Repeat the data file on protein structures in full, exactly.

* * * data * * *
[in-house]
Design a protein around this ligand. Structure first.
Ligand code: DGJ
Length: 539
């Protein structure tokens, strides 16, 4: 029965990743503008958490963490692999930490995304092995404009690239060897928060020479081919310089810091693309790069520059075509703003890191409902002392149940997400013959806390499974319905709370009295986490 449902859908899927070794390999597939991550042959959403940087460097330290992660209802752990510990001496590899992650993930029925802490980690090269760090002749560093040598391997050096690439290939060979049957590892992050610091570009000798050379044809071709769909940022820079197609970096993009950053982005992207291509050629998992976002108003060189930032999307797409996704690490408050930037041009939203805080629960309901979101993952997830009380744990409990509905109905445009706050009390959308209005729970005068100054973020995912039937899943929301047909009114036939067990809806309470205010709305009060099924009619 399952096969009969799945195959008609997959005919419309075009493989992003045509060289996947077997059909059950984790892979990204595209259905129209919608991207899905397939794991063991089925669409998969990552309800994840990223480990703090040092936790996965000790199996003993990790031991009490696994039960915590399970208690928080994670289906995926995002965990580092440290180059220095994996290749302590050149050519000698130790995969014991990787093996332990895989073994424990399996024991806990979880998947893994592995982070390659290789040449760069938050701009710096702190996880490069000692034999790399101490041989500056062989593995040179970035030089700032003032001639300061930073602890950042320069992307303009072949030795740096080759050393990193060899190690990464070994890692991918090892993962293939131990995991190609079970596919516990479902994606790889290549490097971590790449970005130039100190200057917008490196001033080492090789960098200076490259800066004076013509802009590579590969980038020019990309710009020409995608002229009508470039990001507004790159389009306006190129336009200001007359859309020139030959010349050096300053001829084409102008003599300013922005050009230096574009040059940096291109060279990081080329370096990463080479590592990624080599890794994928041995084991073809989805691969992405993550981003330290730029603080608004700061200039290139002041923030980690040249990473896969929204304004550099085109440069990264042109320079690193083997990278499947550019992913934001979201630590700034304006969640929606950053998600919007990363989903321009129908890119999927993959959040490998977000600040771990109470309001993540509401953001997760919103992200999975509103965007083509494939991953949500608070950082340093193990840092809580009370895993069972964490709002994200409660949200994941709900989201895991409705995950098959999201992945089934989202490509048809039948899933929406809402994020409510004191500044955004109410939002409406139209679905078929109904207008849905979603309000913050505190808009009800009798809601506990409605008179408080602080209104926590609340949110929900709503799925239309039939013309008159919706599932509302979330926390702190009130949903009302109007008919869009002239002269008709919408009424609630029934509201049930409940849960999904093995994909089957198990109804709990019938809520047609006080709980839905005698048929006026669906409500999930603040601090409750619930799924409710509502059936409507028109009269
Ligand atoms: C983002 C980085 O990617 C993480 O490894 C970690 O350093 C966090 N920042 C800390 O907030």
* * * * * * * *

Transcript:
[in-house]
Design a protein around this ligand. Structure first.
Ligand code: DGJ
Length: 539
């Protein structure tokens, strides 16, 4: 029965990743503008958490963490692999930490995304092995404009690239060897928060020479081919310089810091693309790069520059075509703003890191409902002392149940997400013959806390499974319905709370009295986490 449902859908899927070794390999597939991550042959959403940087460097330290992660209802752990510990001496590899992650993930029925802490980690090269760090002749560093040598391997050096690439290939060979049957590892992050610091570009000798050379044809071709769909940022820079197609970096993009950053982005992207291509050629998992976002108003060189930032999307797409996704690490408050930037041009939203805080629960309901979101993952997830009380744990409990509905109905445009706050009390959308209005729970005068100054973020995912039937899943929301047909009114036939067990809806309470205010709305009060099924009619 399952096969009969799945195959008609997959005919419309075009493989992003045509060289996947077997059909059950984790892979990204595209259905129209919608991207899905397939794991063991089925669409998969990552309800994840990223480990703090040092936790996965000790199996003993990790031991009490696994039960915590399970208690928080994670289906995926995002965990580092440290180059220095994996290749302590050149050519000698130790995969014991990787093996332990895989073994424990399996024991806990979880998947893994592995982070390659290789040449760069938050701009710096702190996880490069000692034999790399101490041989500056062989593995040179970035030089700032003032001639300061930073602890950042320069992307303009072949030795740096080759050393990193060899190690990464070994890692991918090892993962293939131990995991190609079970596919516990479902994606790889290549490097971590790449970005130039100190200057917008490196001033080492090789960098200076490259800066004076013509802009590579590969980038020019990309710009020409995608002229009508470039990001507004790159389009306006190129336009200001007359859309020139030959010349050096300053001829084409102008003599300013922005050009230096574009040059940096291109060279990081080329370096990463080479590592990624080599890794994928041995084991073809989805691969992405993550981003330290730029603080608004700061200039290139002041923030980690040249990473896969929204304004550099085109440069990264042109320079690193083997990278499947550019992913934001979201630590700034304006969640929606950053998600919007990363989903321009129908890119999927993959959040490998977000600040771990109470309001993540509401953001997760919103992200999975509103965007083509494939991953949500608070950082340093193990840092809580009370895993069972964490709002994200409660949200994941709900989201895991409705995950098959999201992945089934989202490509048809039948899933929406809402994020409510004191500044955004109410939002409406139209679905078929109904207008849905979603309000913050505190808009009800009798809601506990409605008179408080602080209104926590609340949110929900709503799925239309039939013309008159919706599932509302979330926390702190009130949903009302109007008919869009002239002269008709919408009424609630029934509201049930409940849960999904093995994909089957198990109804709990019938809520047609006080709980839905005698048929006026669906409500999930603040601090409750619930799924409710509502059936409507028109009269
Ligand atoms: C983002 C980085 O990617 C993480 O490894 C970690 O350093 C966090 N920042 C800390 O907030």